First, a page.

Jewish Table Manners
After fasting, the Jewish calendar quickly turns to feasting. And in true Jewish math, the ratio is one day of fasting for eight days of feasting (seven in Israel).
Sukkot is our remarkable harvest holiday where we celebrate the partnership of God and human beings in the production of food by blessing the four species and mark our economic and spiritual fragility by sitting in the Sukkah. These were heady days in the ancient world, and we call them in our prayers the holiday of our happiness; the harvest was a time of team effort, joy and relief. To ensure that these days were not a Dionysian binge, the Bible mandated that we take the best of nature and offer it up to God in our prayers of gratitude.
But wait—there’s more. We were also mandated to share the harvest and make sure that during the sacrifices of our pilgrimage days we included everyone in our household: the priests, the orphans, the converts and the poor. They may have been peripheral to our celebration. The Torah makes them central. Think of both those who lead you and those who need you, and the holiday will really be a time of joy.
In the Talmud, in pages we recently encountered in the daily Talmud cycle of learning, we find another aspect of table love. Rabbi Judah said that there are three behaviors that prolong one’s life: extending one’s prayers, extending one’s meal at the table and prolonging one’s time in the bathroom. This strange combination is actually not so strange. The statement moves from our deepest spiritual longings, to our social capital to our bodily needs. From the meta-physical to the physical, there is much we can do to make every day richer and more bountiful.
As the Talmud expounds on Rabbi Judah’s statement, the reason for the prolonged mealtime is offered. If we stay at the table long enough, perhaps a poor person will come by who can benefit immediately from our food rather than have to wait for our generosity. If the food is sitting right in front of us, charity is easy. We have to make giving as easy as possible so that generosity flows with little effort.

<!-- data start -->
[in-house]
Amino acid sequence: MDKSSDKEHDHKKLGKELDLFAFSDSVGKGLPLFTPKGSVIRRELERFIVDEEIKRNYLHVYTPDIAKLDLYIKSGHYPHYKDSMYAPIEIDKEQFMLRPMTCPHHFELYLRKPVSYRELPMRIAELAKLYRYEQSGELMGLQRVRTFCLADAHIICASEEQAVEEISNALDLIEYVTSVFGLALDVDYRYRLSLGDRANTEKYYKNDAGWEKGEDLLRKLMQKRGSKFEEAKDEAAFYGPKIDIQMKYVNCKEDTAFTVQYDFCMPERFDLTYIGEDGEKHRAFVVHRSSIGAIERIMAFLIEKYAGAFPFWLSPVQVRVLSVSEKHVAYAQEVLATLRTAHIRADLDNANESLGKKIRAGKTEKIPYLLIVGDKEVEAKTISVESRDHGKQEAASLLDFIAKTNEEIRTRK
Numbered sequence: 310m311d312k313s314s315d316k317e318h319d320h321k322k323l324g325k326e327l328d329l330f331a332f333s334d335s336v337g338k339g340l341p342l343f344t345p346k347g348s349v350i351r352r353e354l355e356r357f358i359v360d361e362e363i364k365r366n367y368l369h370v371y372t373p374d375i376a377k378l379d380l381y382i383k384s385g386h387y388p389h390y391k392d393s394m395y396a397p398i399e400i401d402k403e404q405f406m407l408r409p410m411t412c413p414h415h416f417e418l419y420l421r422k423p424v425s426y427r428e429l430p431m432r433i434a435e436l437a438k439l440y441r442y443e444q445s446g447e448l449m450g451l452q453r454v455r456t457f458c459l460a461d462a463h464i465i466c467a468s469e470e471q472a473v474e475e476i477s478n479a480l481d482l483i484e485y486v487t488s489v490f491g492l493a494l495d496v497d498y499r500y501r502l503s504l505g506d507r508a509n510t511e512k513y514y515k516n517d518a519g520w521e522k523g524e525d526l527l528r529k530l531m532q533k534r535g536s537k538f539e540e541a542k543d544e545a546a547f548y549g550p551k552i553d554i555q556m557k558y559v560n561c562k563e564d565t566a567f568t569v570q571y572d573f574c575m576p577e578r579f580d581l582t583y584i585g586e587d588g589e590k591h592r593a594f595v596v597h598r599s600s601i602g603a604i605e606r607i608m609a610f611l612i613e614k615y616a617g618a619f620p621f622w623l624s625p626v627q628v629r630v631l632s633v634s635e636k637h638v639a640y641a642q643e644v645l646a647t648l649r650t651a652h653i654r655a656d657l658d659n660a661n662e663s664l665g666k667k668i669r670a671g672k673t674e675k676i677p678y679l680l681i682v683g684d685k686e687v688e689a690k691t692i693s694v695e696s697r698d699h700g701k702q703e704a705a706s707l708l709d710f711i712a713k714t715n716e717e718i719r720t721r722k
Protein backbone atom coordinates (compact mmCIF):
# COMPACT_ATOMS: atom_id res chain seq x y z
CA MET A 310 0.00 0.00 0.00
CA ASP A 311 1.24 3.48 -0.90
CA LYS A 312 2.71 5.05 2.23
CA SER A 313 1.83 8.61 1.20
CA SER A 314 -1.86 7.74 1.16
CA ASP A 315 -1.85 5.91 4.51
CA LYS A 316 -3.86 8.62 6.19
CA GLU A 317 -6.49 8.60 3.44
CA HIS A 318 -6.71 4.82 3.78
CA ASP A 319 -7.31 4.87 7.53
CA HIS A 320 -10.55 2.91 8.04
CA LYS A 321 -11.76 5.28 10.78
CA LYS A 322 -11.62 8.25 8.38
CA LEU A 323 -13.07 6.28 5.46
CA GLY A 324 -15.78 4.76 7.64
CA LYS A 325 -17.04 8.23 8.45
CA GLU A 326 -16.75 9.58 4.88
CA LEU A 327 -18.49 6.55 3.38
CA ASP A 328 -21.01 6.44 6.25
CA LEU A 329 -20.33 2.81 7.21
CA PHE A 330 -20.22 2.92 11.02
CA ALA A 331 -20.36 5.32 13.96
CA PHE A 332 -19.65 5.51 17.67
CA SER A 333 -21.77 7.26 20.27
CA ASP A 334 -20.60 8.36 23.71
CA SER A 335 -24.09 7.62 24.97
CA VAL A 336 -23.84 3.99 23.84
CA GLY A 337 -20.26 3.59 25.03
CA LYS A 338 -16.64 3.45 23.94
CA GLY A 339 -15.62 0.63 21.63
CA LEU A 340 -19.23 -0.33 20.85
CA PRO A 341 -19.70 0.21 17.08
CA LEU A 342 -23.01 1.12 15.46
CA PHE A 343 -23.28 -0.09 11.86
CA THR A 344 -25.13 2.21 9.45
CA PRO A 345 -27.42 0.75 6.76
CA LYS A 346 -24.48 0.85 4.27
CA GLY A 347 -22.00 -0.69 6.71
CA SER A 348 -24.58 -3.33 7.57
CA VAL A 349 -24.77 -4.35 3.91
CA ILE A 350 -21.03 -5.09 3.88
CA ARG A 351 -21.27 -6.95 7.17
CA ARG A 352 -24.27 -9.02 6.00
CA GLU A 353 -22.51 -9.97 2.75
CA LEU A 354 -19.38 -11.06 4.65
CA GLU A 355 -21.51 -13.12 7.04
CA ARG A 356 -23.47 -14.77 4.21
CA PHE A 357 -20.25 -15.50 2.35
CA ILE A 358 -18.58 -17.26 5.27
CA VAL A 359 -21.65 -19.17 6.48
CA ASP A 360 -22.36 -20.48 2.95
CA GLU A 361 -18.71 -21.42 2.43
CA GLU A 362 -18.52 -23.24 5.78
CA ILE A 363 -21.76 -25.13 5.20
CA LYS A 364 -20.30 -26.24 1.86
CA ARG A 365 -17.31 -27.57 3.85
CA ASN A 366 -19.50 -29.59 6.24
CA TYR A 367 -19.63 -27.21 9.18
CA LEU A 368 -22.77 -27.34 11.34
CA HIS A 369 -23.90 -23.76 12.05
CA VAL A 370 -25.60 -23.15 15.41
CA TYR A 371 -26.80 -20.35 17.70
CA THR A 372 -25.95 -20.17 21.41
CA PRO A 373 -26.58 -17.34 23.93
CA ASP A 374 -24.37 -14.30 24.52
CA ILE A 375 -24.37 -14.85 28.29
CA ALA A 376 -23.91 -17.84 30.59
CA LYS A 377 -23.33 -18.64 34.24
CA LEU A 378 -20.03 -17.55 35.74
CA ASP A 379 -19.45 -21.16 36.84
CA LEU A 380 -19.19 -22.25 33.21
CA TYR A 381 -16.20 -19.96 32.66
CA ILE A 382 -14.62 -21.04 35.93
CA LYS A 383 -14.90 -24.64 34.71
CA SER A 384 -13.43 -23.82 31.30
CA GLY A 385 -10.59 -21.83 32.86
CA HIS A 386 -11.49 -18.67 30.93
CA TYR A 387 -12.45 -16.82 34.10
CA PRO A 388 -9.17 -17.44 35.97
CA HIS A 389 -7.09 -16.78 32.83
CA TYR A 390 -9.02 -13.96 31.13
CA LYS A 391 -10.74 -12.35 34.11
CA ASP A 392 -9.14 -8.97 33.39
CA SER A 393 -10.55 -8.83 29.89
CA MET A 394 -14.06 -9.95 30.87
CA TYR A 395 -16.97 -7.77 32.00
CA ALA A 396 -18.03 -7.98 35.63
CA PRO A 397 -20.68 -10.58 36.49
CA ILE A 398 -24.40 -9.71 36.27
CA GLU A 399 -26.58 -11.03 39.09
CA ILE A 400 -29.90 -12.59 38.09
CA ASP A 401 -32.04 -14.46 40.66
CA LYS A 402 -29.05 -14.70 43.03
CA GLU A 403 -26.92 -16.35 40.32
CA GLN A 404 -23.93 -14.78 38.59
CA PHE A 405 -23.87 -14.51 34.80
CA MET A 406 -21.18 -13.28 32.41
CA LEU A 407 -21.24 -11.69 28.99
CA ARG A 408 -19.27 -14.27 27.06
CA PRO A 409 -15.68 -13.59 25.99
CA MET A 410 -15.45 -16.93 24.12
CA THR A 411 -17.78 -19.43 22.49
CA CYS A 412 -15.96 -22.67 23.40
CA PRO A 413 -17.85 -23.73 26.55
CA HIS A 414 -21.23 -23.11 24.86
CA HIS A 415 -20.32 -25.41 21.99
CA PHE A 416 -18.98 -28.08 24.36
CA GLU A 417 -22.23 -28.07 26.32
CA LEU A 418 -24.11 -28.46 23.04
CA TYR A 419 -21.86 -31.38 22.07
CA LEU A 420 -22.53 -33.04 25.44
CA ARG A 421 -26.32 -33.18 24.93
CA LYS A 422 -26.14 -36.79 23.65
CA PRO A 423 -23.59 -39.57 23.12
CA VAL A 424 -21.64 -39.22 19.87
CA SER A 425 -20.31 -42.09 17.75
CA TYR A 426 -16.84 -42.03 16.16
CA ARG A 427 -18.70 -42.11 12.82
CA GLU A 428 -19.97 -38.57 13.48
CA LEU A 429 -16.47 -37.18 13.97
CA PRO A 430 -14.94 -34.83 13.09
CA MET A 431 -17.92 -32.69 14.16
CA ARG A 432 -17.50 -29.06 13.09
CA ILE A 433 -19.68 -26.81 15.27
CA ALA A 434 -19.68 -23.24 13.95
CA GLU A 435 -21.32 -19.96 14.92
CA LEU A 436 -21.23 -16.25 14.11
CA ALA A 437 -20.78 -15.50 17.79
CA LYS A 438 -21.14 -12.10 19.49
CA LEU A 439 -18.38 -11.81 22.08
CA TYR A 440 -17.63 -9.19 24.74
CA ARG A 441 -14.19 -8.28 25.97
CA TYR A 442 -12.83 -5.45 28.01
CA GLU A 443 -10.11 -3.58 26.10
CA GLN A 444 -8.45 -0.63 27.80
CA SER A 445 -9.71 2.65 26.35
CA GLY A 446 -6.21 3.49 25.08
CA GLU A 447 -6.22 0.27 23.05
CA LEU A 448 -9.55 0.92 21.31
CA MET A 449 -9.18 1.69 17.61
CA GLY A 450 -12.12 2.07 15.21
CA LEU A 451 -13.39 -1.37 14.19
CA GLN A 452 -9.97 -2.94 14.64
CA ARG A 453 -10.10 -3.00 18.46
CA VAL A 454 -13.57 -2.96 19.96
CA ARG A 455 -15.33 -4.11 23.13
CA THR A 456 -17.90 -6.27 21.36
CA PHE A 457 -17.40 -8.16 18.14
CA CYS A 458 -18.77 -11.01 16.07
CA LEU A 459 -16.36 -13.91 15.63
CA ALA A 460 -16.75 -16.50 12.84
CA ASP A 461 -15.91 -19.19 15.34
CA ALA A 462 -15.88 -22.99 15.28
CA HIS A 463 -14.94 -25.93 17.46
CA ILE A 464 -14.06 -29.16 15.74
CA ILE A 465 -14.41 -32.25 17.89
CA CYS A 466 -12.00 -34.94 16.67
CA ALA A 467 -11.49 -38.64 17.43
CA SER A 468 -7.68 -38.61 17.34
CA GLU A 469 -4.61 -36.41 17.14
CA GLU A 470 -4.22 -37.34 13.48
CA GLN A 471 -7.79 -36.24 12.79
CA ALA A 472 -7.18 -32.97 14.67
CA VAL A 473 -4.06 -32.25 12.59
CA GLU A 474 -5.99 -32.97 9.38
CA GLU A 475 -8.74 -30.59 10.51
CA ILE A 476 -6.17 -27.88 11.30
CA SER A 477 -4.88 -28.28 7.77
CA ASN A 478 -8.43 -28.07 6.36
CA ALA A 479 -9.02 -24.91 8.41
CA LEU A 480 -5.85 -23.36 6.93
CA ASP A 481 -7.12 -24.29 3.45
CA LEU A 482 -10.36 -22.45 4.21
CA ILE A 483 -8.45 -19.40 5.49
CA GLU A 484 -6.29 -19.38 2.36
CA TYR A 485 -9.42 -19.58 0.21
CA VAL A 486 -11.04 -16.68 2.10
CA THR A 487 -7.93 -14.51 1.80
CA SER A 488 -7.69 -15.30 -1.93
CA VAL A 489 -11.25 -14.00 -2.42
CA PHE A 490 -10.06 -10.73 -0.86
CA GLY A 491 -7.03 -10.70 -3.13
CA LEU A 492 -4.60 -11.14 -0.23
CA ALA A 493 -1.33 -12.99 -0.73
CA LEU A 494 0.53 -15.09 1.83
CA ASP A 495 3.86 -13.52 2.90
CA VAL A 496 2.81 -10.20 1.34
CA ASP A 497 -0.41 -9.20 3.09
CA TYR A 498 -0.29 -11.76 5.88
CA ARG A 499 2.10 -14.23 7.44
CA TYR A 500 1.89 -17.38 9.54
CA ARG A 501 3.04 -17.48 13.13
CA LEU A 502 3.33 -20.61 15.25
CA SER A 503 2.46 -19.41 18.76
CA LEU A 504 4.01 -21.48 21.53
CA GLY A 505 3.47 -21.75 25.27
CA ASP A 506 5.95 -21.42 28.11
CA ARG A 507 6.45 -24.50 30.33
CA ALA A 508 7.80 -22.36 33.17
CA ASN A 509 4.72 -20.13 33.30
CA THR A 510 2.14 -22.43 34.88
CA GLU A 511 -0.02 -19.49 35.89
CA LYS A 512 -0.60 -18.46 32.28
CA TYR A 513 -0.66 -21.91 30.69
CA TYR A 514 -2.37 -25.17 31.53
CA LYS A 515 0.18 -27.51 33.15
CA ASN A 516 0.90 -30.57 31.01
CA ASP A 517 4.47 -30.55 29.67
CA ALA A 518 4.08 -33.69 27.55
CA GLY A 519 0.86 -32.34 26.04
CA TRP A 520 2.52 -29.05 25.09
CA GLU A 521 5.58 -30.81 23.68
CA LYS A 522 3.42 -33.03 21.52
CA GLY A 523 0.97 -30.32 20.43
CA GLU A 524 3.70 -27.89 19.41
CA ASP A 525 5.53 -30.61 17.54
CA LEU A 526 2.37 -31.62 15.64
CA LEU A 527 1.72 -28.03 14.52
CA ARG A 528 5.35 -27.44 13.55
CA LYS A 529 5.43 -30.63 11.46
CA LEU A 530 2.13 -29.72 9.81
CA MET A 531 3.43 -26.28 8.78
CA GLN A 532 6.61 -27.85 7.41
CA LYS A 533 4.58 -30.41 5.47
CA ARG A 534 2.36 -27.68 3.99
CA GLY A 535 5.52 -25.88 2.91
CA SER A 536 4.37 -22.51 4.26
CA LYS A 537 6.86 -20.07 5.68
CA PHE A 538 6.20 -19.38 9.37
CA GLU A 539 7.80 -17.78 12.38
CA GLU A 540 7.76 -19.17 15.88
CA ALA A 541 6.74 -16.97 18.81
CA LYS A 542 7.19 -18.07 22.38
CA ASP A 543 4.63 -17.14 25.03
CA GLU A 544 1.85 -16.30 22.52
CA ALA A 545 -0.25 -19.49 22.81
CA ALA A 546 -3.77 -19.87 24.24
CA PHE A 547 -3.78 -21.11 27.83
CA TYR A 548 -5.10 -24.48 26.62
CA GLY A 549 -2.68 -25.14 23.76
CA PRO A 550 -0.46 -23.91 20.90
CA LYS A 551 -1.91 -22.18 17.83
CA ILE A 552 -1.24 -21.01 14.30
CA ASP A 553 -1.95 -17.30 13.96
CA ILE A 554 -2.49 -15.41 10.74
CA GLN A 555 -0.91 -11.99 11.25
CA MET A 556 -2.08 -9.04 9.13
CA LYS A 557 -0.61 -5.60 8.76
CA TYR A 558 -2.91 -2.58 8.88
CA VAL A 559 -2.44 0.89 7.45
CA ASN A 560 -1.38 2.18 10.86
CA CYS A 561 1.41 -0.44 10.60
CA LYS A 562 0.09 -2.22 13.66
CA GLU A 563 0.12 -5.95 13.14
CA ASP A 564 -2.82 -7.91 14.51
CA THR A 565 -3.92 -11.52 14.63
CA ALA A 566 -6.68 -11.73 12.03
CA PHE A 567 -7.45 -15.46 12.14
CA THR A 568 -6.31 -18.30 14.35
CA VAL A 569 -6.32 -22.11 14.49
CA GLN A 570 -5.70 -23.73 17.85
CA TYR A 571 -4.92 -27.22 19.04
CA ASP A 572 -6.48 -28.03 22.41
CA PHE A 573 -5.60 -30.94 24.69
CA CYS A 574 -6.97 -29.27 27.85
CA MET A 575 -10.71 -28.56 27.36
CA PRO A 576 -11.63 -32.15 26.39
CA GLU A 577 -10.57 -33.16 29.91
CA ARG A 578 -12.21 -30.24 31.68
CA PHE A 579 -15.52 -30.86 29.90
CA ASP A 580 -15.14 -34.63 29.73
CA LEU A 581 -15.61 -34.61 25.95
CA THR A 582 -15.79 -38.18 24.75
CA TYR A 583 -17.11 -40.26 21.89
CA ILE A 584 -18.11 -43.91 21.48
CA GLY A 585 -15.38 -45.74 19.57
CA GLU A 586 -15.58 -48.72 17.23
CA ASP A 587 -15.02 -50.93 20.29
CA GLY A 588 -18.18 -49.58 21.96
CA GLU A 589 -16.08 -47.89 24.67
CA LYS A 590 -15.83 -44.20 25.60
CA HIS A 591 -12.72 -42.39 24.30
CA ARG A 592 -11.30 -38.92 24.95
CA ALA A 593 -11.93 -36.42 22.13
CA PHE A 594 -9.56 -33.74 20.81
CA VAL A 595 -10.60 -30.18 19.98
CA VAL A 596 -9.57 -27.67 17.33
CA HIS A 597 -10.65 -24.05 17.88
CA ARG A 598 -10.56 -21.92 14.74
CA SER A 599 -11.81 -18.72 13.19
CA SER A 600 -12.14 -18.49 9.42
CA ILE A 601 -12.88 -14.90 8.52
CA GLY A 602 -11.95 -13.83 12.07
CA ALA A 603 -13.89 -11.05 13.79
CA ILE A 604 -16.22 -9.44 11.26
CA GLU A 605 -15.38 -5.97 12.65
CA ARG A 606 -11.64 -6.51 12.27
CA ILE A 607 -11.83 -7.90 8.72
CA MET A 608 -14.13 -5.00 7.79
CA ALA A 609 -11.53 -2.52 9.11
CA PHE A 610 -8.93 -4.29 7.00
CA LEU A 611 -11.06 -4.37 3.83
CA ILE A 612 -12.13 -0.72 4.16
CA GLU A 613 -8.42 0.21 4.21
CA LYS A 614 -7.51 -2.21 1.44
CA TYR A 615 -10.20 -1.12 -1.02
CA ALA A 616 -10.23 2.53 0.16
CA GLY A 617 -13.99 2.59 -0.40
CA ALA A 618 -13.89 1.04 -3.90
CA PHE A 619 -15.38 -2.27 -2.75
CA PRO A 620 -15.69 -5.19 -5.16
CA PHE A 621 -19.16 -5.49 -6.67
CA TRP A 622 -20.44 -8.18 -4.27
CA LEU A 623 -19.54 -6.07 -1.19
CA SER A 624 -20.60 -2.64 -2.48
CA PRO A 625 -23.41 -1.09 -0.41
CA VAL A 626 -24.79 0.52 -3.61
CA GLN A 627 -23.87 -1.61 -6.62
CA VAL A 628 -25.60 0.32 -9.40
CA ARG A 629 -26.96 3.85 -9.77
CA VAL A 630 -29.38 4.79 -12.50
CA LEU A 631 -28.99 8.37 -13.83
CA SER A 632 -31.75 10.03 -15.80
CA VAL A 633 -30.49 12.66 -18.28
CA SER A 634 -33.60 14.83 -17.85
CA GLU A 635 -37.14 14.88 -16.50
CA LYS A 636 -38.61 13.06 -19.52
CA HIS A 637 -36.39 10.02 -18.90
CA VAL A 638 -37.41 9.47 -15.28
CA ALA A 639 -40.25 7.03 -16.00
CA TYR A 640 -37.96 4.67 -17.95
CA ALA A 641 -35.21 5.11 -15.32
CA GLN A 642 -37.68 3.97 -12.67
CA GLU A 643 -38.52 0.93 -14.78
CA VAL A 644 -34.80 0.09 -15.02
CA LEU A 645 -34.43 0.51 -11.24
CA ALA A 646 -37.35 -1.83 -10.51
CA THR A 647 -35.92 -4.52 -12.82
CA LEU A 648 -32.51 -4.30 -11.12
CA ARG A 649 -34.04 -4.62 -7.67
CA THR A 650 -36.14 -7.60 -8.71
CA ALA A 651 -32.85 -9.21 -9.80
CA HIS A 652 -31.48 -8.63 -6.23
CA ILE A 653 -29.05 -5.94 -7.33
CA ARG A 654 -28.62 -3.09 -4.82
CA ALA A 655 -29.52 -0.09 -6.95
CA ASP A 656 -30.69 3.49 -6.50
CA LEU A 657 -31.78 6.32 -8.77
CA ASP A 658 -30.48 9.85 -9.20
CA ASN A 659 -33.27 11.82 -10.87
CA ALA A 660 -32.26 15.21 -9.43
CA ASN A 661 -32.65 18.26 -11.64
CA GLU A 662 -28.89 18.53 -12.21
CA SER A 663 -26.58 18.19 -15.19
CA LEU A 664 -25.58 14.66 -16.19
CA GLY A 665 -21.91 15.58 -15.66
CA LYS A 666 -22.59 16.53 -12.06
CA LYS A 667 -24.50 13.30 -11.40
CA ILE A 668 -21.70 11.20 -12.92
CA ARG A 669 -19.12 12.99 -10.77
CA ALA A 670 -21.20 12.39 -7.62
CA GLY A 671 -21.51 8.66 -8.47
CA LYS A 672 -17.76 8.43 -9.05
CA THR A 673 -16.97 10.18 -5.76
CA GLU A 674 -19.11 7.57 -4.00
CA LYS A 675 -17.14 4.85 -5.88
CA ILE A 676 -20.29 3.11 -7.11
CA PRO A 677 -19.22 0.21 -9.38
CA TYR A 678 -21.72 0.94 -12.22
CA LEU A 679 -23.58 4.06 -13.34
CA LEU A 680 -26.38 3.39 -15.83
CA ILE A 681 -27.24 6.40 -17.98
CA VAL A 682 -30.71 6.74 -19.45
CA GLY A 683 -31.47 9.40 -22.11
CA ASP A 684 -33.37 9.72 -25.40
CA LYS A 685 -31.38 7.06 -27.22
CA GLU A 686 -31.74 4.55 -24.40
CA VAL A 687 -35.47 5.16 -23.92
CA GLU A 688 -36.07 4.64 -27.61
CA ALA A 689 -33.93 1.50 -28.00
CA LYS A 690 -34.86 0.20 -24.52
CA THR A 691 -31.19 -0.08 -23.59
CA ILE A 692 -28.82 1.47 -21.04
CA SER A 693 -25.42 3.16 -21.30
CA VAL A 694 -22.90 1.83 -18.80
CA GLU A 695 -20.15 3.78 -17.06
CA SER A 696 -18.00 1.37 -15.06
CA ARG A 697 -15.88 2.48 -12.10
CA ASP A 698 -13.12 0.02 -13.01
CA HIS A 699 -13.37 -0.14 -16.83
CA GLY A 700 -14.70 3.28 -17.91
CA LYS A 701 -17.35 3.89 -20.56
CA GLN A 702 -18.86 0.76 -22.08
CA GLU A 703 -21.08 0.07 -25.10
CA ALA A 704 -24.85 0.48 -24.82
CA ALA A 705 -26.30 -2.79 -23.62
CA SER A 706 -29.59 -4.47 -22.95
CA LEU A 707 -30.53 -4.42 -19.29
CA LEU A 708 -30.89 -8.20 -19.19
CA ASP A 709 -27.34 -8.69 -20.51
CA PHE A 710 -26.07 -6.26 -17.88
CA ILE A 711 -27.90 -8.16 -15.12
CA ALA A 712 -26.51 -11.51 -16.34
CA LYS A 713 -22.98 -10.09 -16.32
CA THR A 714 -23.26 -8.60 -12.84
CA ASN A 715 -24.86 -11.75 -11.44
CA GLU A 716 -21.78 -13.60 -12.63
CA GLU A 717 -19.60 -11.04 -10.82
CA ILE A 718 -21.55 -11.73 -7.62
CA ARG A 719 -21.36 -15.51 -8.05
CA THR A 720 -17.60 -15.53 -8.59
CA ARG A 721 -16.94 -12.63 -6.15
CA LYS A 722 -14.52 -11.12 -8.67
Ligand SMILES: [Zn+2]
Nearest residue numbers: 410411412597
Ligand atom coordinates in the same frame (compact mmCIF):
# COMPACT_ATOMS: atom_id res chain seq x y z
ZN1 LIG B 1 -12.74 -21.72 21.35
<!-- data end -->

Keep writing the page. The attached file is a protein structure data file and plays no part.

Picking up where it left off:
The Talmud then quotes a verse from Ezekiel (41:22) where both the altar in the Temple and the table are mentioned. The altar’s measurements are offered and then the verse concludes with the table that was also placed in the Temple precincts: “This is the table that is before the Lord.” Two sages believed that this verse spoke to both a pre-Temple and a post-Temple life. “As long as the Temple stood, the altar atoned for Israel’s sins. Now that it is destroyed, a person’s table atones for his sins.”
When we get past the wordplay to the content, perhaps these Sages were telling us something profound about life after the Temple’s destruction. Pilgrimage holidays brought our community together in the days of old. Reuniting with family and acquaintances, encountering strangers who became friends and coming together in shared purpose was a way of uniting us and creating solidarity. In the absence of the Temple, it is up to each of us to bring community together through the gift of a shared meal.
But how can a meal atone for sins? Our generosity can atone for past stinginess. When the table becomes a place of giving rather than mere social dining, then we have at least atoned for some of our interpersonal sins. Sukkot is the perfect time, coming straight after Yom Kippur, for our tables to atone: it’s time to invite that new family who we neglected last year, to invite back friends where a relationship had weakened, to invite people as a gesture of thanks for kindnesses unpaid. On Sukkkot we have the custom of filling our tables with guests. This year, make your table a place of atonement by making a special effort to be welcoming: “…and you should rejoice on your holidays.”
Dr. Erica Brown is a writer and educator who works as the scholar-in-residence for the Jewish Federation of Greater Washington and consults for the Jewish Agency and other Jewish non-profits. She is the author of “In the Narrow Places“ (OU Press/Maggid); “Inspired Jewish Leadership,” a National Jewish Book Award finalist; “Spiritual Boredom“; and “Confronting Scandal.”
Editor’s note: This article is distributed with permission of Dr. Erica Brown. Subscribe to her “Weekly Jewish Wisdom” list here.